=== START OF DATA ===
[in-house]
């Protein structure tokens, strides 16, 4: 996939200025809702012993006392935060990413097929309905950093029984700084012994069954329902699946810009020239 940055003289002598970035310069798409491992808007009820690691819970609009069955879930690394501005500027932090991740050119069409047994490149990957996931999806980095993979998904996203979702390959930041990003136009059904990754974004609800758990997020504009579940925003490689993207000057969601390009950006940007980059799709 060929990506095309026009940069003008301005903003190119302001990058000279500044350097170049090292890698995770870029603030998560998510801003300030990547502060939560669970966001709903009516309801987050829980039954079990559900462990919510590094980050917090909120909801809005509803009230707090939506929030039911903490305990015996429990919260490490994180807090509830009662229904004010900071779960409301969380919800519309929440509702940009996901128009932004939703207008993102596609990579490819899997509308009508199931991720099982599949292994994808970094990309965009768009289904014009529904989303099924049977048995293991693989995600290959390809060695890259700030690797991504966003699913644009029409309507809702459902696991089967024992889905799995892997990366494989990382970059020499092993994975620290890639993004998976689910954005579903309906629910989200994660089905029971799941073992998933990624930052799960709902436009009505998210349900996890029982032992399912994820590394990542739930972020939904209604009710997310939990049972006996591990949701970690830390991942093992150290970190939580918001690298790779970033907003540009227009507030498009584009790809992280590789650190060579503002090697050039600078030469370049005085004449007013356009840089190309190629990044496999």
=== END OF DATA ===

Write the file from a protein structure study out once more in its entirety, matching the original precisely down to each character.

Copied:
[in-house]
């Protein structure tokens, strides 16, 4: 996939200025809702012993006392935060990413097929309905950093029984700084012994069954329902699946810009020239 940055003289002598970035310069798409491992808007009820690691819970609009069955879930690394501005500027932090991740050119069409047994490149990957996931999806980095993979998904996203979702390959930041990003136009059904990754974004609800758990997020504009579940925003490689993207000057969601390009950006940007980059799709 060929990506095309026009940069003008301005903003190119302001990058000279500044350097170049090292890698995770870029603030998560998510801003300030990547502060939560669970966001709903009516309801987050829980039954079990559900462990919510590094980050917090909120909801809005509803009230707090939506929030039911903490305990015996429990919260490490994180807090509830009662229904004010900071779960409301969380919800519309929440509702940009996901128009932004939703207008993102596609990579490819899997509308009508199931991720099982599949292994994808970094990309965009768009289904014009529904989303099924049977048995293991693989995600290959390809060695890259700030690797991504966003699913644009029409309507809702459902696991089967024992889905799995892997990366494989990382970059020499092993994975620290890639993004998976689910954005579903309906629910989200994660089905029971799941073992998933990624930052799960709902436009009505998210349900996890029982032992399912994820590394990542739930972020939904209604009710997310939990049972006996591990949701970690830390991942093992150290970190939580918001690298790779970033907003540009227009507030498009584009790809992280590789650190060579503002090697050039600078030469370049005085004449007013356009840089190309190629990044496999």